What does it mean to you to bear witness as these animals are sold? What is the power of bearing witness? 

Bearing witness is being present in the face of injustice and trying to help.  When we bear witness we become the situation – we connect with our entire body and mind.  And from that, action arises.  The purpose of bearing witness is to provide love and compassion to these animals, to share their stories, to show the reality of animal agriculture, raising awareness to the public, and helping people make the connection.  People need to understand what goes on so they will make the decision to stop supporting it.
How do people react to the protest? What do you think of the calls to “get a job”?  

We get about an equal number of supportive people and angry people, and a lot of people just pass by with no visible or audible reaction.  The supportive people will honk in a friendly manner and give a thumbs up.  The angry people show us their middle finger and yell at us.  The comment to “get a job” is so curious to me because we hear it all the time, and I’ve heard it at vigils all over the world.  I think what they are really saying is that we should do something constructive with our time.

Are there also slaughterhouses near Seattle? Where are they, and what do you know about them? 

Yes, there are two slaughterhouses within an hour of Seattle that we have investigated and will be holding vigils at.  Both of them are north of the city, around Stanwood and Mt Vernon.  The Draper Valley chicken slaughterhouse kills more than 800,000 chickens each week.

Do you plan to have vigils at the slaughterhouses, too?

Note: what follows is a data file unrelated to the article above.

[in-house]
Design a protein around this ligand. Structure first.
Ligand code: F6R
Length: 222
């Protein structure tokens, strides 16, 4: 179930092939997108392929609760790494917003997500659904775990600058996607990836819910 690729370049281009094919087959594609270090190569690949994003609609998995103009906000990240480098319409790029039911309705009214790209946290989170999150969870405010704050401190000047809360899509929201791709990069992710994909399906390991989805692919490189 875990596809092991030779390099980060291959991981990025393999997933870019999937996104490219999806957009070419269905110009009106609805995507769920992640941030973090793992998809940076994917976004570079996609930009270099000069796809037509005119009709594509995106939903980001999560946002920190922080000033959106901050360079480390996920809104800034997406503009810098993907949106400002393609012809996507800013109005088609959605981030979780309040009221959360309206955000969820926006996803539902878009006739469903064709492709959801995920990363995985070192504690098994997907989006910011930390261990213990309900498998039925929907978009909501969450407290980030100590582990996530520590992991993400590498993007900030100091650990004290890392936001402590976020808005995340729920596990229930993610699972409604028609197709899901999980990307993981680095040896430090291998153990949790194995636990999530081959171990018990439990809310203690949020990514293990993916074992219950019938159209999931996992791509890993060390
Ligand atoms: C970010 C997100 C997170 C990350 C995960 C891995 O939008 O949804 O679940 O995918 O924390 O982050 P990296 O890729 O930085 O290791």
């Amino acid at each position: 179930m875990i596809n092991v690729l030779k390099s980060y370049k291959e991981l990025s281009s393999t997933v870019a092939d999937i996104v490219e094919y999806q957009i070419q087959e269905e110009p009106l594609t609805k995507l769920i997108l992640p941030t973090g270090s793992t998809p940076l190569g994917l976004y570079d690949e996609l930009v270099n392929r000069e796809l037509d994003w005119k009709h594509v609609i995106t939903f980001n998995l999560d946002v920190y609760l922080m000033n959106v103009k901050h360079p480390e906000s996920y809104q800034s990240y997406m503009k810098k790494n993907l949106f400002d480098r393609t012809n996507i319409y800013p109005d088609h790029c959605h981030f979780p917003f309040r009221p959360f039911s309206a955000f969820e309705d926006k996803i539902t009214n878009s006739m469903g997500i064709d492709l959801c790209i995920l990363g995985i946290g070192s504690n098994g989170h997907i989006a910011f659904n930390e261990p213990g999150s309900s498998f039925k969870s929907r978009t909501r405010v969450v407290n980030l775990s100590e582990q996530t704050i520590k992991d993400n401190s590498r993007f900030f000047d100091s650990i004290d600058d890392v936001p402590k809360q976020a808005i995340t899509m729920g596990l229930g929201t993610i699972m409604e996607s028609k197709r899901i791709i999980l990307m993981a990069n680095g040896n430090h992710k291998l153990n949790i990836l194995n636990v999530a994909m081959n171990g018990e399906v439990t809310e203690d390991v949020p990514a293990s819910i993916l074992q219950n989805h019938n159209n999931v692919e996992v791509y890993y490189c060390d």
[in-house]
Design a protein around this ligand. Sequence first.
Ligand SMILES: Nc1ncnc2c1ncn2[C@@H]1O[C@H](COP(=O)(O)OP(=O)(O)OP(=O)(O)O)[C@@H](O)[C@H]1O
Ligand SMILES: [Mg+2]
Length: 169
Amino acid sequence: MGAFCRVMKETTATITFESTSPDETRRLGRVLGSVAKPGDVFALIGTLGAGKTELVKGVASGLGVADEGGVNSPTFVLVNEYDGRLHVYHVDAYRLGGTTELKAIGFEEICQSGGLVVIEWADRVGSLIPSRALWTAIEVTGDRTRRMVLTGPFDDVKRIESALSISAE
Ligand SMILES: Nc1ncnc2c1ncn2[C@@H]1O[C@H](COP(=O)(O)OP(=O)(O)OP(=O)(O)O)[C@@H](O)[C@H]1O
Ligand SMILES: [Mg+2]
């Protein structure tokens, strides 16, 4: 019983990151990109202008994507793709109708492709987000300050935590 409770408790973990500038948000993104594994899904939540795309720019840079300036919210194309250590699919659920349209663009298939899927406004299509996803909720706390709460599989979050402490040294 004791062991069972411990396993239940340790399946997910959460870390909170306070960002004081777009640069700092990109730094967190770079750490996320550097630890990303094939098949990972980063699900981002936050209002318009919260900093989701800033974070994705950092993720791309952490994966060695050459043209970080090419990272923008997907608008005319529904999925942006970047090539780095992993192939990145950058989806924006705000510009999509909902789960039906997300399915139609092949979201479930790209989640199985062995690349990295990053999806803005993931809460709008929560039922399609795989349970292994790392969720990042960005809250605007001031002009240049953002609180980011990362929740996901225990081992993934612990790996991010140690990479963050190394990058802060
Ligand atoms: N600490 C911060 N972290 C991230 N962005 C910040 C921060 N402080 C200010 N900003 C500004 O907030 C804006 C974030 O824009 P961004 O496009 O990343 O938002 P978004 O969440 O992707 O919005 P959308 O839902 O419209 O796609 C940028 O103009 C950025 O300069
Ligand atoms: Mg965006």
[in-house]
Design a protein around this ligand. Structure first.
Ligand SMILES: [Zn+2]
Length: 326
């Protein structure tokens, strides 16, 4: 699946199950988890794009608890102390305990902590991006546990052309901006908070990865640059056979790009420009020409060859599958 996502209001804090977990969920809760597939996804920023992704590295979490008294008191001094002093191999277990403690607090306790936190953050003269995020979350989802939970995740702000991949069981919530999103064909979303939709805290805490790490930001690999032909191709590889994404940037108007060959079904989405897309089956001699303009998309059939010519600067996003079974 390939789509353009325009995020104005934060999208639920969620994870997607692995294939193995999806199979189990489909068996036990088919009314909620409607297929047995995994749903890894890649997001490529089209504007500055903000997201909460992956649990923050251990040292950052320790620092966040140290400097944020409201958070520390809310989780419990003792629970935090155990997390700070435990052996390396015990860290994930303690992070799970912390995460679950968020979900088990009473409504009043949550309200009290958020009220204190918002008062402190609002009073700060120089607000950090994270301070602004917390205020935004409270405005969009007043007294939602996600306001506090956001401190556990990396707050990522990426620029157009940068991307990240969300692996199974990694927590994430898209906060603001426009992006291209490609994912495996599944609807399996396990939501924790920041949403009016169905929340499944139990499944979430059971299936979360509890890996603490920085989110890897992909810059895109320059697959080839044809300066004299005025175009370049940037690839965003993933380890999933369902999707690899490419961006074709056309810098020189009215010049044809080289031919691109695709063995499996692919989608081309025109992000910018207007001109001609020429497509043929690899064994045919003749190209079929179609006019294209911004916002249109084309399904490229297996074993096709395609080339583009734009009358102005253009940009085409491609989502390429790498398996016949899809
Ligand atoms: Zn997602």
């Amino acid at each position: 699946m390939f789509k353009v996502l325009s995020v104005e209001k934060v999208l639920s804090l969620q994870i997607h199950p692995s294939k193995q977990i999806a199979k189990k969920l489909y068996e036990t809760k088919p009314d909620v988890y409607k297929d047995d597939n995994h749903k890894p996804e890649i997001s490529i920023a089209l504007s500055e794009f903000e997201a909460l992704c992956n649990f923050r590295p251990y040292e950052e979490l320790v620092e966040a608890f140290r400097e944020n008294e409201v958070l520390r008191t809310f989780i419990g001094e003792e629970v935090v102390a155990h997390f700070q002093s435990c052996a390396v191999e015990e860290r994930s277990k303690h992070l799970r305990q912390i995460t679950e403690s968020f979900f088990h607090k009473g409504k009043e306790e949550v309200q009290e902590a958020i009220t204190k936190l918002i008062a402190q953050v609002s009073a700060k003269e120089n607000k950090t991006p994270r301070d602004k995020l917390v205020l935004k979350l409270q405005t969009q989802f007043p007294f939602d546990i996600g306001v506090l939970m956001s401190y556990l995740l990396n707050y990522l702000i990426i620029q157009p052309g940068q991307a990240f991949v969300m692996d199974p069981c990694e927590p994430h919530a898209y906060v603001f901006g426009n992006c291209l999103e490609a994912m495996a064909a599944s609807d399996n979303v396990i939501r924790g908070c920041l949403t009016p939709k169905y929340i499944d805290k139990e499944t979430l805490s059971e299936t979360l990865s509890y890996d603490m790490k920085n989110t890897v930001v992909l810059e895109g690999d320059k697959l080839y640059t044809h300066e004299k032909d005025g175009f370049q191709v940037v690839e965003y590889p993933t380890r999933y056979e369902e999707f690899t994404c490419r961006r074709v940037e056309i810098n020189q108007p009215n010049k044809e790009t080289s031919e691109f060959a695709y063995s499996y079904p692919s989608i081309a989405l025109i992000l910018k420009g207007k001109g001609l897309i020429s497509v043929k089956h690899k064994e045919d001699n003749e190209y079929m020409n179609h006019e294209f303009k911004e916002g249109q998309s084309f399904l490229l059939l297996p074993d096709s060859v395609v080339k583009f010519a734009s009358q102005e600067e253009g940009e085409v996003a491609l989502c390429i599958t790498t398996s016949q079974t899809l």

Absolutely!  We are learning the truck schedules and will be starting vigils up there very soon.

Seattle Farmed Animal Save

 

Please follow Seattle Farmed Animal Save on Facebook and on Instagram, and join Kris in Enumclaw next weekend.

If you happen to be in Europe this fall, she’ll also be speaking in Luxembourg in September at the International Animal Rights Conference.

Come Table and Leaflet for the Animals at Folklife and/or the Fremont Fair!

It was a great weekend for spreading the good vegan word! By the end of the U District Streetfair, all our boxes of literature were empty — hooray!

We have a couple more events coming up and would love to see you, either as a tabler or a leafletter, or both! Tabling shifts are typically three hours.

To learn more about shifts and to sign up, write to Rachel at rachel@narn.org or check out “events” on NARN’s Facebook page.

Eva Piccininni tabling for the animals at the U District Streetfair this weekend.

Eva Piccininni tabling for the animals at the U District Streetfair this weekend.

Thank You, Rep. Sherry Appleton, for Talking Sense to UW Over Treatment of Pigs

“Paramedics don’t need to cut open the throat of a pig when they have other options,” Rep. Sherry Appleton, D-Poulsbo, told the The News Tribune regarding the University of Washington’s practice of using live pigs to practice a medical procedure that involves slitting their throats.

“I would like to see the university take responsibility and to search out different ways to solve these situations,” said Appleton, who is one of eight members of the state House who signed a letter asking the UW to consider using modern training methods instead of animals.

The university says it’s looking into it.